Rebreather – The Line, Its Width, and the War Drone + Pets / Orange Crush (2021)

My first exposure to Rebreather, from Youngstown Ohio (right across the state border from here via the turnpike), was August 2013 in neighboring Kent Ohio — where they performed at that summer’s Blackout Cookout.

Unfortunately no images survive from that performance, because all my show photos were stored on a Facebook account which no longer exists. But it was a pretty eventful day, where roughly a dozen different bands alternated sets on stages at opposite ends of the venue. Rebreather closed out the night, at which point we were all so completely exhausted and dead to the world, that we could hardly even focus on what was happening. But damn. Even now, eight years later, I can still remember badly wanting to hit the road to get back home, but being sucked in and transfixed by the abject heaviness emanating from that stage.

Luckily, I would eventually see the band multiple times in Pittsburgh and Ohio, so at least once or twice got to experience them while fully awake and slightly more lucid. Anyway, fast-forwarding to 2021, the band has just put out a brand-new record that any fans of noise-rock or grunge or fuzz or post-rock should have on their wish list for Santa!


RebreatherThe Line, Its Width, and the War Drone (Aqualamb Records, 03 December 2021)


RebreatherPets / Orange Crush (Aqualamb Covid Covers Series, 03 April 2021)


Despite its punny title referencing 1950s children’s literature, The Line, Its Width, and the War Drone tends to run the gamut of the 1990s alternative rock world. The overall pacing of the LP isn’t too far off from something like Nevermind in that it alternates between faster and slower songs, louder and quieter bits.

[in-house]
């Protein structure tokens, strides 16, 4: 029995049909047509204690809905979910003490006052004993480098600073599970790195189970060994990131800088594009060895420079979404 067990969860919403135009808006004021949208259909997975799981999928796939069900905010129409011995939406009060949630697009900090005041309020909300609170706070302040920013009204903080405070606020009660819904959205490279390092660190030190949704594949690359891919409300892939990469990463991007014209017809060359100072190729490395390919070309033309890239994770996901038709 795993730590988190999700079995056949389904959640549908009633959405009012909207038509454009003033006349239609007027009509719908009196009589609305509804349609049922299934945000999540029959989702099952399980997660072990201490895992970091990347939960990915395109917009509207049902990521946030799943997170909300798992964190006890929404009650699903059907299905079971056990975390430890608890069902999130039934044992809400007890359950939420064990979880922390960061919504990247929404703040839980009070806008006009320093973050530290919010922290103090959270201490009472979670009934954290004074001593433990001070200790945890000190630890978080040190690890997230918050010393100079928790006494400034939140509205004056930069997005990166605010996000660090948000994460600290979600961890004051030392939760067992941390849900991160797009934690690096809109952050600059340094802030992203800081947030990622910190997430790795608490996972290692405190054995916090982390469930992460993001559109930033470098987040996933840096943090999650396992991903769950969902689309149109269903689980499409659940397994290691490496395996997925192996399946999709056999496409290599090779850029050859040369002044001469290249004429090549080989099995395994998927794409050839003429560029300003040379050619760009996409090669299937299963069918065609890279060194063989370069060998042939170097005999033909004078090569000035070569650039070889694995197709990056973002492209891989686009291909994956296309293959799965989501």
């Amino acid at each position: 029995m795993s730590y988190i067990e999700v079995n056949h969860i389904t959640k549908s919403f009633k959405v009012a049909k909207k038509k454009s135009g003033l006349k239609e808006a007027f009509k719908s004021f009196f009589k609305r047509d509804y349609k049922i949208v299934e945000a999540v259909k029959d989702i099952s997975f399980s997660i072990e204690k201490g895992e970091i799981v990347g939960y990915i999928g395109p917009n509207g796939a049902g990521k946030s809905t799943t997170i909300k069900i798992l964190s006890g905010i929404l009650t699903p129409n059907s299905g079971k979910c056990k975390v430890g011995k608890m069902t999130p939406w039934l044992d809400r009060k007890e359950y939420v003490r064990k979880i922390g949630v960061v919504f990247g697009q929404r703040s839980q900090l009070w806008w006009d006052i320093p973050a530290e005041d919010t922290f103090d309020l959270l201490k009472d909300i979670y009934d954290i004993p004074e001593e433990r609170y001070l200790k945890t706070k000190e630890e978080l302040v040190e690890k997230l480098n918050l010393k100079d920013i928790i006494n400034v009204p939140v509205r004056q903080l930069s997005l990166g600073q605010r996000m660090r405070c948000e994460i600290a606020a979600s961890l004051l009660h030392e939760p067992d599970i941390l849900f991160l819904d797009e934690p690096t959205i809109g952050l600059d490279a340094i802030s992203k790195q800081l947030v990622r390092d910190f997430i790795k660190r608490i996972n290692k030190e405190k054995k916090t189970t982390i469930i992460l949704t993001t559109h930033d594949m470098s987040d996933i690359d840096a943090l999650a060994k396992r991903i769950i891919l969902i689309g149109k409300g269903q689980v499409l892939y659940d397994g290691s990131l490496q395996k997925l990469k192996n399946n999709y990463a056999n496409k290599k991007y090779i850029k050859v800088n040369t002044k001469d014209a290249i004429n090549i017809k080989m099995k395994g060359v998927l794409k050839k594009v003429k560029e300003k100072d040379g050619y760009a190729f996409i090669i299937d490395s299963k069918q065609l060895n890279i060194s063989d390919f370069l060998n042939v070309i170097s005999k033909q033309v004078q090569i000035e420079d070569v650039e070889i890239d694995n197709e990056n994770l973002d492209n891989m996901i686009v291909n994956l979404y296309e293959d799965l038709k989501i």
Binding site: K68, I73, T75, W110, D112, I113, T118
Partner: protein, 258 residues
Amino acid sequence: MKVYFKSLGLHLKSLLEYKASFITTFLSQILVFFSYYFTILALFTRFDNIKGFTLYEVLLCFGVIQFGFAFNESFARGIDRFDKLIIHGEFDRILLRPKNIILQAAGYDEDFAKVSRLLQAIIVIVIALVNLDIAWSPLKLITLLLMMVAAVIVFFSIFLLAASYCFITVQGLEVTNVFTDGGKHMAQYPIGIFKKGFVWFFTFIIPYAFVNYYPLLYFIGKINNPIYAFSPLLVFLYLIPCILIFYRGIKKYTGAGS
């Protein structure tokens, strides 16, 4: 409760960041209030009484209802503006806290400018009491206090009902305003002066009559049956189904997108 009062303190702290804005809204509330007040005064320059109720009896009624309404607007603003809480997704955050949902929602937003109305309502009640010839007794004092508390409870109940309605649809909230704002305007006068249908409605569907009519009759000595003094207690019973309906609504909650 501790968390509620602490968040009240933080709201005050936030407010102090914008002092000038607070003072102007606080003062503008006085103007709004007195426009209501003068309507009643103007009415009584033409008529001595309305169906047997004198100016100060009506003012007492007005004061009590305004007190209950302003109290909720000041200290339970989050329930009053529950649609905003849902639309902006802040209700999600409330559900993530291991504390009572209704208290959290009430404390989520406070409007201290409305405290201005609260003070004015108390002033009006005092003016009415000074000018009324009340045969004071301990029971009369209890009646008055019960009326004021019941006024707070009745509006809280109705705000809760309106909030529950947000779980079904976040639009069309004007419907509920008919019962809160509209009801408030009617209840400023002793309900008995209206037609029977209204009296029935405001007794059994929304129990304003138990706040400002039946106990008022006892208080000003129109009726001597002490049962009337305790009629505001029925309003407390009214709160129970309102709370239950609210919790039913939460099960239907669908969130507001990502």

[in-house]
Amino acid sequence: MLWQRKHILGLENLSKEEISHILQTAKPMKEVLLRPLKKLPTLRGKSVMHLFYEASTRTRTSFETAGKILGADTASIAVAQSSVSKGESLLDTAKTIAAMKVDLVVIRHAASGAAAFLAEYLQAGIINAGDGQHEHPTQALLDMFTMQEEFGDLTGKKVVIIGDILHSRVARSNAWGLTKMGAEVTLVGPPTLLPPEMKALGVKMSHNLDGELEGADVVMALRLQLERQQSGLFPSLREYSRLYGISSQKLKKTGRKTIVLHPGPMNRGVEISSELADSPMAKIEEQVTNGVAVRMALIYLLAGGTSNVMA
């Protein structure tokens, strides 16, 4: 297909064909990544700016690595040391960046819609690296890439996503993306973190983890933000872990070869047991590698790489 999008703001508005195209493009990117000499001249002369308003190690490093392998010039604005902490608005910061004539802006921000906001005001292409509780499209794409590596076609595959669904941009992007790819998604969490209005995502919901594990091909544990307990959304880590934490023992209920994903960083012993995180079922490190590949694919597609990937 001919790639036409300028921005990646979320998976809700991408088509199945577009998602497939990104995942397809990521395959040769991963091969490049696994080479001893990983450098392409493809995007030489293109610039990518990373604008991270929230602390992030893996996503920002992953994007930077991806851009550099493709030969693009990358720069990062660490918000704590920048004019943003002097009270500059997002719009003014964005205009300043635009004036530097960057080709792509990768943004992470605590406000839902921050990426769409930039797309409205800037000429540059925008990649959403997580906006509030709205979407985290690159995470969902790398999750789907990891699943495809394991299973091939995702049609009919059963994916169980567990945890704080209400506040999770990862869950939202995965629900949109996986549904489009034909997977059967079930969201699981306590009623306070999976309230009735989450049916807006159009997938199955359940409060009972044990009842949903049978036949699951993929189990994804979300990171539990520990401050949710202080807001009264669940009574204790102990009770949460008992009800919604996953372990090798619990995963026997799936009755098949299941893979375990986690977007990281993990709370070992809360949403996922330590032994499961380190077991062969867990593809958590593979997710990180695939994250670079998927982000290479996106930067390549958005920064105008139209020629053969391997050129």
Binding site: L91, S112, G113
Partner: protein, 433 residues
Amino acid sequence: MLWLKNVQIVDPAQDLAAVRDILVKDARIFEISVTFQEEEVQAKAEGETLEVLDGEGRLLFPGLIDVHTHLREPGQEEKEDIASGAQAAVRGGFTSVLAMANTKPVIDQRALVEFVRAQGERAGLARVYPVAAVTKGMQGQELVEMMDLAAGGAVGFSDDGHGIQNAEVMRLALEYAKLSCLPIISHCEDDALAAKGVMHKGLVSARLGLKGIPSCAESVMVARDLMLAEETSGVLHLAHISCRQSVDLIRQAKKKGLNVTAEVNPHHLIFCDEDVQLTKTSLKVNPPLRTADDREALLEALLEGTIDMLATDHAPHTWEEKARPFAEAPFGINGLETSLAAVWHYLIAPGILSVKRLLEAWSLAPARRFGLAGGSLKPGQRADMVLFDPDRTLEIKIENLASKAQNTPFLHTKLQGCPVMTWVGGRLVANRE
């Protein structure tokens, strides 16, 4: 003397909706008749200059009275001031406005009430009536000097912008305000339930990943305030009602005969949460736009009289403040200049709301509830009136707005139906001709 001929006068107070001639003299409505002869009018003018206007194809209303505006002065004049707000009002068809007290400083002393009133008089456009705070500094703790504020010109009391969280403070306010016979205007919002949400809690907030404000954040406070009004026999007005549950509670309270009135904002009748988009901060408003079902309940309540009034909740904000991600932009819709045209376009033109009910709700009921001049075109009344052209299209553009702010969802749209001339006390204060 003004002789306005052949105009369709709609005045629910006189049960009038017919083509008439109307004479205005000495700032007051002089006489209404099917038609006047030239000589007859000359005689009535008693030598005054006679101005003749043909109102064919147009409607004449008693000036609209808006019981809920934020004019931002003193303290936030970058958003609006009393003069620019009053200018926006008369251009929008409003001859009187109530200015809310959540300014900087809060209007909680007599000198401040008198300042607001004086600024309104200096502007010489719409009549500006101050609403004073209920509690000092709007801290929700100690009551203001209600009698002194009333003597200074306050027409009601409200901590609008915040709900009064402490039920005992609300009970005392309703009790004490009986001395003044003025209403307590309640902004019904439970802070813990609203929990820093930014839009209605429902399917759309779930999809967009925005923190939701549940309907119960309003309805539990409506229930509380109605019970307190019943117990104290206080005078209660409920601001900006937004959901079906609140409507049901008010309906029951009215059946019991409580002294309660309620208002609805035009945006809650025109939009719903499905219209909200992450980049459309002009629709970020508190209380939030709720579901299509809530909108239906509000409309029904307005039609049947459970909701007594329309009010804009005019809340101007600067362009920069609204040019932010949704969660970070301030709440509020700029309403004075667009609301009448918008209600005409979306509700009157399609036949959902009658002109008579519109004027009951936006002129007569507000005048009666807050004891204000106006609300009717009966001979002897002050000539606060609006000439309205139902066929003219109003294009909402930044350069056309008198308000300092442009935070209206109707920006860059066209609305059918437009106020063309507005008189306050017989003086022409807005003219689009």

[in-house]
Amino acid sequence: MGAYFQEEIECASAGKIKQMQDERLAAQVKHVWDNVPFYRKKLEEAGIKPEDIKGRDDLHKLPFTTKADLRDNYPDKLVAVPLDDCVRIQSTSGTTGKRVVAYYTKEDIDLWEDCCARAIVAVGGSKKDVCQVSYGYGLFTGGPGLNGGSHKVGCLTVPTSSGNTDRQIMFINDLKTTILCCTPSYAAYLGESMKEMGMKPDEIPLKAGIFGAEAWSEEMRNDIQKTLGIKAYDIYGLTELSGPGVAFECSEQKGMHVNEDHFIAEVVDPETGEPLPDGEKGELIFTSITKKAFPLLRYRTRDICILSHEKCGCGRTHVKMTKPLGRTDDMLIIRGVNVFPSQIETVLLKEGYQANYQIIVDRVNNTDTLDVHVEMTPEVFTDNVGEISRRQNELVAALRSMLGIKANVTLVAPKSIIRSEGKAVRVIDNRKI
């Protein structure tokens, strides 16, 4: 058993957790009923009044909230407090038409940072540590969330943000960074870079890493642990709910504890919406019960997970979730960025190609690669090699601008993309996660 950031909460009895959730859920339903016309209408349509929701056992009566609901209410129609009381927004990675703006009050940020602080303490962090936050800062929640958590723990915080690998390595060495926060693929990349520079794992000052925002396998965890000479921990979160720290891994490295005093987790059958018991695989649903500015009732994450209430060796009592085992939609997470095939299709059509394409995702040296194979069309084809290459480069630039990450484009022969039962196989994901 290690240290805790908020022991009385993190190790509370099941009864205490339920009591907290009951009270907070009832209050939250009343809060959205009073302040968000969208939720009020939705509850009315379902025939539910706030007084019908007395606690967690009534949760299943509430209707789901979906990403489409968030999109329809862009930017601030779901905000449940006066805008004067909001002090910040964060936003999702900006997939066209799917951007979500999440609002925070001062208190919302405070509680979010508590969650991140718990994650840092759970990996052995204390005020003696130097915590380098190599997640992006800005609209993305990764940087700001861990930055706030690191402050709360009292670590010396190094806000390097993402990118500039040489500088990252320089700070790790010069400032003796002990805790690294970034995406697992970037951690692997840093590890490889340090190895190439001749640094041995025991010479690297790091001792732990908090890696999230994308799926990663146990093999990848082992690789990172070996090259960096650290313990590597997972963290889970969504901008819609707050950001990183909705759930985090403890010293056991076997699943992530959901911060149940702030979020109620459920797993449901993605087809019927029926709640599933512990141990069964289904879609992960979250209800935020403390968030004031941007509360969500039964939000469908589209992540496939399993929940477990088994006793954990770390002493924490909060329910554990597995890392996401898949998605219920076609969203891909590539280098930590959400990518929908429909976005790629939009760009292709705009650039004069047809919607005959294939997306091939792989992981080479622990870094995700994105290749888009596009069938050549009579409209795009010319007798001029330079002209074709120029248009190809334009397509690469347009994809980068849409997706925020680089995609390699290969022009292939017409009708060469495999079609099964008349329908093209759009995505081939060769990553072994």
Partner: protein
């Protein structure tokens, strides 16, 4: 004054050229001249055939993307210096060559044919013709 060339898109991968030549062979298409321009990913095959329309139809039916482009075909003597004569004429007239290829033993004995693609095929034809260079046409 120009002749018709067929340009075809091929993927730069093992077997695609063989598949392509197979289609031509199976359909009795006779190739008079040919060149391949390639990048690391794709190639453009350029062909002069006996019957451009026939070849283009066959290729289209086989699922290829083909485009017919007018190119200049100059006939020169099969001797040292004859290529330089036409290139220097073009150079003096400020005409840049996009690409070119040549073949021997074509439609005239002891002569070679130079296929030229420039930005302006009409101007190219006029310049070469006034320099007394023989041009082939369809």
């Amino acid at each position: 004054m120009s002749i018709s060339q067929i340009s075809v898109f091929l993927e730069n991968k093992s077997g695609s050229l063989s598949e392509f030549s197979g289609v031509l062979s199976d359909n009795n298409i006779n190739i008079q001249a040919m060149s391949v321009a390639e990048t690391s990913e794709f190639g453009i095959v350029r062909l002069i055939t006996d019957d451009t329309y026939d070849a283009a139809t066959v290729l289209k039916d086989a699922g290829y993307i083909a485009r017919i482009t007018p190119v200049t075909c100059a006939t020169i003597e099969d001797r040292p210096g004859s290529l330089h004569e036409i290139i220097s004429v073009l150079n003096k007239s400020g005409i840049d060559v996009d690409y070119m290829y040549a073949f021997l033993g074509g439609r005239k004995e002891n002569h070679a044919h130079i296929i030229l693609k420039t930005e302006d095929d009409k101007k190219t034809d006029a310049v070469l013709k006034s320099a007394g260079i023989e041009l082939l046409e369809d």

We’ve got the grungier, Melvinsy intense hardcore yelling represented in “Sick Sick Sick” and “Choke on It.” Then there’s “It Comes in Threes” and “Silent H” which are each a bit slower (but still fuzzy and heavy), and feature mostly echoey clean singing. The feedbacky “Residual Madness” with its bass-heavy riffage is slower yet, while closer “Just Once” is extremely low-key, very chill fuzz/grunge vibes.

Somewhere amidst all that is “Drown,” which starts off as another slow, echoey downer (featuring fellow eastern Buckeye State residents Frayle on additional vocals and instrumentation), while the chorus parts are hella loud and heavy and distorted, bringing back the yelling once more. Just like the old Pixies formula.

Also featured on the album is a very chill, echoey, laidback groove-laden rendition of Porno for Pyros‘ “Pets” — only available on the digital edition, but no worries, since a purchase of the vinyl includes a free Bandcamp download (and also, apparently, a 100-page supplemental book as an added bonus!) This song had initially been released this past spring as part of Aqualamb‘s covers series; the B-side to this single release was an oversaturated, fuzzed-out and overdriven reimagining of R.E.M.‘s late-80s classic “Orange Crush.” Both are still available for streaming or downloading at Bandcamp.








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